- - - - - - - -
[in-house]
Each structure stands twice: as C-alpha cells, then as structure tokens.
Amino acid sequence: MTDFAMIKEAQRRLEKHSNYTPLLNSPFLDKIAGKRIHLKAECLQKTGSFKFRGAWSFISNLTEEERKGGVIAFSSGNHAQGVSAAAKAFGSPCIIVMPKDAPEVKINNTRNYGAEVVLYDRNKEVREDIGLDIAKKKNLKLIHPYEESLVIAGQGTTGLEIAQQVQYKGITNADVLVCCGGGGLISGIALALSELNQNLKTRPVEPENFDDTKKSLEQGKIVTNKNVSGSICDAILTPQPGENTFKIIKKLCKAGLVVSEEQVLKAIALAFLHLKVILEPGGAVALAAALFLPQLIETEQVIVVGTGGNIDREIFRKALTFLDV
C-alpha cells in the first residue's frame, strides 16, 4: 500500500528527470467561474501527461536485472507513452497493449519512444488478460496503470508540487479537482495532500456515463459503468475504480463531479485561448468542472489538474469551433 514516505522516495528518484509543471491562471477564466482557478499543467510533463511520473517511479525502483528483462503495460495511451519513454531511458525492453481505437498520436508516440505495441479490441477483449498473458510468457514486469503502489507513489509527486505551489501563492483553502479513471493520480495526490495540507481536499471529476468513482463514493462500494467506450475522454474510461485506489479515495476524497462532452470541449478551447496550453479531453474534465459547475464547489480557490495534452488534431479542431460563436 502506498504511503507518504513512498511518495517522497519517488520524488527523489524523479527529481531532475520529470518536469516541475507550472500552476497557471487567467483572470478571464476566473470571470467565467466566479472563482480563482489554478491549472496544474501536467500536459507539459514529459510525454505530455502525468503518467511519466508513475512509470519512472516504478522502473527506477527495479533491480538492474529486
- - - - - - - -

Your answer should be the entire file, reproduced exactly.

[in-house]
Each structure stands twice: as C-alpha cells, then as structure tokens.
Amino acid sequence: MTDFAMIKEAQRRLEKHSNYTPLLNSPFLDKIAGKRIHLKAECLQKTGSFKFRGAWSFISNLTEEERKGGVIAFSSGNHAQGVSAAAKAFGSPCIIVMPKDAPEVKINNTRNYGAEVVLYDRNKEVREDIGLDIAKKKNLKLIHPYEESLVIAGQGTTGLEIAQQVQYKGITNADVLVCCGGGGLISGIALALSELNQNLKTRPVEPENFDDTKKSLEQGKIVTNKNVSGSICDAILTPQPGENTFKIIKKLCKAGLVVSEEQVLKAIALAFLHLKVILEPGGAVALAAALFLPQLIETEQVIVVGTGGNIDREIFRKALTFLDV
C-alpha cells in the first residue's frame, strides 16, 4: 500500500528527470467561474501527461536485472507513452497493449519512444488478460496503470508540487479537482495532500456515463459503468475504480463531479485561448468542472489538474469551433 514516505522516495528518484509543471491562471477564466482557478499543467510533463511520473517511479525502483528483462503495460495511451519513454531511458525492453481505437498520436508516440505495441479490441477483449498473458510468457514486469503502489507513489509527486505551489501563492483553502479513471493520480495526490495540507481536499471529476468513482463514493462500494467506450475522454474510461485506489479515495476524497462532452470541449478551447496550453479531453474534465459547475464547489480557490495534452488534431479542431460563436 502506498504511503507518504513512498511518495517522497519517488520524488527523489524523479527529481531532475520529470518536469516541475507550472500552476497557471487567467483572470478571464476566473470571470467565467466566479472563482480563482489554478491549472496544474501536467500536459507539459514529459510525454505530455502525468503518467511519466508513475512509470519512472516504478522502473527506477527495479533491480538492474529486